Prior to the presentation, the AMMQC national advisory board met. In addition to President Asquino, members include Jacqueline Belrose, MWCC Vice President of Lifelong Learning and Workforce Development and National Director of the AMMQC grant; Dennis Bunnell, Industry Consultant and Committee Chair; Barbara P. Roseborough, Interim Provost and Associate Vice President of Academic Affairs, Southwest Tennessee Community College; Dr. Rick Bateman, Jr., Chancellor, Bossier Parish Community College; Dorey Diab, President, North Central State College; and Brent Weil, Senior Vice President and Treasurer, The Manufacturing Institute.

 

elizabeth moison and staff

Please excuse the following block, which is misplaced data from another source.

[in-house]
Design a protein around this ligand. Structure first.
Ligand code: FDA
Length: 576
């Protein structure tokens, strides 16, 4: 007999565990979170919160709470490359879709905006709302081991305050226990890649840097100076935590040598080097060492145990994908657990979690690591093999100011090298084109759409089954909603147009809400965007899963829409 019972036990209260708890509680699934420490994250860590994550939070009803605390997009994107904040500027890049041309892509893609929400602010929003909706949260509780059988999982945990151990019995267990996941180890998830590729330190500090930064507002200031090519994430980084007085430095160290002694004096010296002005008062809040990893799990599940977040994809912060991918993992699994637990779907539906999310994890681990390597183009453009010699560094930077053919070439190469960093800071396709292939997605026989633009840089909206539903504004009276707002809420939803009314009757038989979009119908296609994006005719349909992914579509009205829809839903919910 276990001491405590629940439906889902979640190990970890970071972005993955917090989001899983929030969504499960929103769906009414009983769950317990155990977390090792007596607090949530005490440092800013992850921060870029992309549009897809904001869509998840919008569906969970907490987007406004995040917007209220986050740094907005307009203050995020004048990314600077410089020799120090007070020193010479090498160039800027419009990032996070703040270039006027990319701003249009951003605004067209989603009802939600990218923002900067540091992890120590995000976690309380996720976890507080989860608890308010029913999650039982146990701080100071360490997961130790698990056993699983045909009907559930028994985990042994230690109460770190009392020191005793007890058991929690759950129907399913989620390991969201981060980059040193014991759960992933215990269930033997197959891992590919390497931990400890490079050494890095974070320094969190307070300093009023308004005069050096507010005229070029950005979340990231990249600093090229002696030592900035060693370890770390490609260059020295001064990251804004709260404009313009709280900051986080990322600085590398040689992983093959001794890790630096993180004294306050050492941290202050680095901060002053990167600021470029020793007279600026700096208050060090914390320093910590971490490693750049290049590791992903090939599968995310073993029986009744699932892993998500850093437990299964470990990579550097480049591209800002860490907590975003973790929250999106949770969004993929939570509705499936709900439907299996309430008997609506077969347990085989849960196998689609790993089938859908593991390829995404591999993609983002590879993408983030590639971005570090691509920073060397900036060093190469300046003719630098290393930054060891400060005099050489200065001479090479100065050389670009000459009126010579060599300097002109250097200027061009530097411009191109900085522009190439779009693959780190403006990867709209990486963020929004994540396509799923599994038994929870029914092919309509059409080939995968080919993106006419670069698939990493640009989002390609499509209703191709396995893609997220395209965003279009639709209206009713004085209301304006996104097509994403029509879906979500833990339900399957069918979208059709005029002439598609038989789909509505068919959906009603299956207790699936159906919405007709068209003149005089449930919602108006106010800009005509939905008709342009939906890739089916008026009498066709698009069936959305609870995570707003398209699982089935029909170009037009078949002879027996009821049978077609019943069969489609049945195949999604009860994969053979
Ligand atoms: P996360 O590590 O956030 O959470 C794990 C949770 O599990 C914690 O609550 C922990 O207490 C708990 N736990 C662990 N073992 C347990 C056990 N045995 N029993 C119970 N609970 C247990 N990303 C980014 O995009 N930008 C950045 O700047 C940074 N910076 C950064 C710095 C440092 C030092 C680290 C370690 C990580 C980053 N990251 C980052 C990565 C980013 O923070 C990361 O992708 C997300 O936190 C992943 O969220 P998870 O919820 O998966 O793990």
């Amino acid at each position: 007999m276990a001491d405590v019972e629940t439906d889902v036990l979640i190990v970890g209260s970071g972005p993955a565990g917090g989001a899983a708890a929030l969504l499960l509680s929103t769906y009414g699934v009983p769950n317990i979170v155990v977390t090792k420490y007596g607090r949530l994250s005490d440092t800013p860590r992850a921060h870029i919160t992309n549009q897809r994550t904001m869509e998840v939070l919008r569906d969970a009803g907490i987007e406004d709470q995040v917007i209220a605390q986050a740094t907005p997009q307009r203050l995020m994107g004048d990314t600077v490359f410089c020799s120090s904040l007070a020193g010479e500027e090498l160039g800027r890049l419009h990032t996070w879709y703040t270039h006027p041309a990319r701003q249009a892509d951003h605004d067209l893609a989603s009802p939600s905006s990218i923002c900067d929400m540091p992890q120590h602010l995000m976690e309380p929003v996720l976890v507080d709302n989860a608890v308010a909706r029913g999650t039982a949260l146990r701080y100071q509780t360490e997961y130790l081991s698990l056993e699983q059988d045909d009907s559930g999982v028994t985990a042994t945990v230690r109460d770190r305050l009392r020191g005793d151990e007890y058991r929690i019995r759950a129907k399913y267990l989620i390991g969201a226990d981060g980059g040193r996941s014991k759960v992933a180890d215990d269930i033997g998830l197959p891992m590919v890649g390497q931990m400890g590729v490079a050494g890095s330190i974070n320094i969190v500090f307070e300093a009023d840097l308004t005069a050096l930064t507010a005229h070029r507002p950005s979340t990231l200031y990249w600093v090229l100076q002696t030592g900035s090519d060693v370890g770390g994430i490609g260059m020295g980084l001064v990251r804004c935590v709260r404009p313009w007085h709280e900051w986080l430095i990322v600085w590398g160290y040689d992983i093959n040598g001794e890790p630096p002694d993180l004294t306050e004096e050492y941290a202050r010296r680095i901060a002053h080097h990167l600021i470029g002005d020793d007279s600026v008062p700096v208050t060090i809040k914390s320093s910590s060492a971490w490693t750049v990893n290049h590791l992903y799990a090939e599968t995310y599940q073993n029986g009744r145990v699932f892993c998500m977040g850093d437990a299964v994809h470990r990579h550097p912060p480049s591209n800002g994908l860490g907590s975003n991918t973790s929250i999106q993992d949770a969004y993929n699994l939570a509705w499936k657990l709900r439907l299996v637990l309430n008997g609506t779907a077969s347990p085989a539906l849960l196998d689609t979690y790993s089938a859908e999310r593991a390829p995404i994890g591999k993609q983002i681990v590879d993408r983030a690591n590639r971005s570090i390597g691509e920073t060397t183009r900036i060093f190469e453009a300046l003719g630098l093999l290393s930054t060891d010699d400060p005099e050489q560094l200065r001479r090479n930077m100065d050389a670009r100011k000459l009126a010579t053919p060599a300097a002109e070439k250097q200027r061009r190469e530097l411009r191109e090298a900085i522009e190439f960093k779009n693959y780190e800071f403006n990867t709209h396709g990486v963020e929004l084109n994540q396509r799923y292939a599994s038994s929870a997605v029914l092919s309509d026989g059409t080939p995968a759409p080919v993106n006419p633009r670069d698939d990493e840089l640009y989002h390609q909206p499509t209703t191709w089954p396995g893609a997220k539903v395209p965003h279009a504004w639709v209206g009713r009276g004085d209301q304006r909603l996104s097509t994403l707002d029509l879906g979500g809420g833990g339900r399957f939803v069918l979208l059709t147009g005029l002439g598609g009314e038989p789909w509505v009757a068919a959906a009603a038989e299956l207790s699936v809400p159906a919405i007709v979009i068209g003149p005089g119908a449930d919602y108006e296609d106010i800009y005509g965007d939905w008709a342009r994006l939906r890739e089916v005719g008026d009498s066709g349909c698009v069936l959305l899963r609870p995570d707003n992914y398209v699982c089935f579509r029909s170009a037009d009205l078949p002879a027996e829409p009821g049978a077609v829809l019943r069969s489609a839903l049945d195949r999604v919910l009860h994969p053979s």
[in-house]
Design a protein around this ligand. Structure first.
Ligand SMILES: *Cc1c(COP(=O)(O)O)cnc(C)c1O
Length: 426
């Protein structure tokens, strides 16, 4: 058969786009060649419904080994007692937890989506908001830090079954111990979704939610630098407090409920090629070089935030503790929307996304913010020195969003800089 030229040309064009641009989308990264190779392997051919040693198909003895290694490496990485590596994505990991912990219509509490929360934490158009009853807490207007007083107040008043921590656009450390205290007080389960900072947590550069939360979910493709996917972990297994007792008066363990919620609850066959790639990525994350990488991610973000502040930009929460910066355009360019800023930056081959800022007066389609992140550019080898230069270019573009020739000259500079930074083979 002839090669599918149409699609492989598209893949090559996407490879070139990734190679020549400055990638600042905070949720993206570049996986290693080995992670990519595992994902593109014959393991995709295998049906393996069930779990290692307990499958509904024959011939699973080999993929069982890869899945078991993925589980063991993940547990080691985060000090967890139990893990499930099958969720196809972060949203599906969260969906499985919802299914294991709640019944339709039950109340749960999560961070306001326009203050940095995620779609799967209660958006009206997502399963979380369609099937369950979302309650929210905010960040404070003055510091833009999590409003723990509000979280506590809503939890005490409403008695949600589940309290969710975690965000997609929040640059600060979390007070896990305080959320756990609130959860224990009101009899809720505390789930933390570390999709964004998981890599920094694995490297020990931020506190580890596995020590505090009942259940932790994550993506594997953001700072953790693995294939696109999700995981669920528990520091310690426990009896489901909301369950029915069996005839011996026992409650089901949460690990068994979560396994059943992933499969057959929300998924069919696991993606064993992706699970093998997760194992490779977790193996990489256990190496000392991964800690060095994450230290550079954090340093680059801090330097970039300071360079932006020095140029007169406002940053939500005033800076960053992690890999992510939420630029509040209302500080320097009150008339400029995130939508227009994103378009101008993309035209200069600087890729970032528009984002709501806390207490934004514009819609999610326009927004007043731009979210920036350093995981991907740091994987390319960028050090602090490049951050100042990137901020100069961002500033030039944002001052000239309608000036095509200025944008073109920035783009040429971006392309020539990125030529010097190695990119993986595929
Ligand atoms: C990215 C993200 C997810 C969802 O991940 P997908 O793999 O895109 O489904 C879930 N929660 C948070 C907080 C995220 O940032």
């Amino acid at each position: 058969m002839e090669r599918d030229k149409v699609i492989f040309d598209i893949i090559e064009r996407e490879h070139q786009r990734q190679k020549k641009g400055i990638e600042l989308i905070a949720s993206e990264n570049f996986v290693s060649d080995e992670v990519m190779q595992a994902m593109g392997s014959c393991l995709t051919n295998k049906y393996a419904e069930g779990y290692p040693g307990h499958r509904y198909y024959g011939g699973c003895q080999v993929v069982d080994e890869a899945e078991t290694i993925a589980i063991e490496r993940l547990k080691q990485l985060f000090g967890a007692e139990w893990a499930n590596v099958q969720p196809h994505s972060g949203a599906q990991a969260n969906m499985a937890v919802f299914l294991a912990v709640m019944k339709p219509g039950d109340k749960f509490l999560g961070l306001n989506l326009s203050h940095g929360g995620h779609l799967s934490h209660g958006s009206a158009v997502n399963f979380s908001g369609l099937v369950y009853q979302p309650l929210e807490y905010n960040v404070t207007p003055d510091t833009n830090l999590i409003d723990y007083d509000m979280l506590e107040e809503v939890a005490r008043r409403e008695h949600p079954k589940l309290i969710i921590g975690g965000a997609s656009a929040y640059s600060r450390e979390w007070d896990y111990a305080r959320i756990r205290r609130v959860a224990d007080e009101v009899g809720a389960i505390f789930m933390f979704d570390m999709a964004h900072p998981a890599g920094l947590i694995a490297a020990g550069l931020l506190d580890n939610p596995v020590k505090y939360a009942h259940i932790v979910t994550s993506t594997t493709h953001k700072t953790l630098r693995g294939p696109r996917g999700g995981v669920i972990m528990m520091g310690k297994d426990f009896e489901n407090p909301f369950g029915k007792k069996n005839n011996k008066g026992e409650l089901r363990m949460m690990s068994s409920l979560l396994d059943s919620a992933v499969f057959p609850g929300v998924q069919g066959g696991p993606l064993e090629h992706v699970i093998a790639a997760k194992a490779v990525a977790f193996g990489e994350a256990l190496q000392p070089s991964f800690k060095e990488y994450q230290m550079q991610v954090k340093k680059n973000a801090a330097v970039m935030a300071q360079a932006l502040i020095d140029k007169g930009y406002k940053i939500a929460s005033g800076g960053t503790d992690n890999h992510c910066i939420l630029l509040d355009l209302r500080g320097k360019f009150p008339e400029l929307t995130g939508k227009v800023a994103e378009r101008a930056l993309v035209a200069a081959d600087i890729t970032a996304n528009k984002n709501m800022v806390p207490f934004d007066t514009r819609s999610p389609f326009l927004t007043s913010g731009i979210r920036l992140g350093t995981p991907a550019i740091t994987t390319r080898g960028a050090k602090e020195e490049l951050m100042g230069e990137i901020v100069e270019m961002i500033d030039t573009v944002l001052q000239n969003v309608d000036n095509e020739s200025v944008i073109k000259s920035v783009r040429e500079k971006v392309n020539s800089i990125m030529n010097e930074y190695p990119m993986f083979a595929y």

Fitchburg High School Principal Jeremy Roche, left, and Victor Rojas, Assistant Director of the GEAR UP program, right, with scholar Elizabeth Moison.

Elizabeth Moison, who participates in MWCC’s GEAR UP program at Fitchburg High School, achieved a tremendous result on the fall 2014 PSAT which qualifies her to participate in the College Board’s National Merit Scholarship Program during her senior year.

In order to be considered, a student must score in the top 50,000 out of 1.5 million test participants. By achieving such outstanding results, Elizabeth will now have the opportunity to possibly achieve National Merit Scholarship Semifinalist or Commended Student status, to be reported in September 2016.

GEAR UP (Gaining Early Awareness and Readiness for Undergraduate Programs) is a joint venture between Mount Wachusett Community College and FHS. The program provides services at high poverty middle and high schools and is funded by the U.S. Department of Education.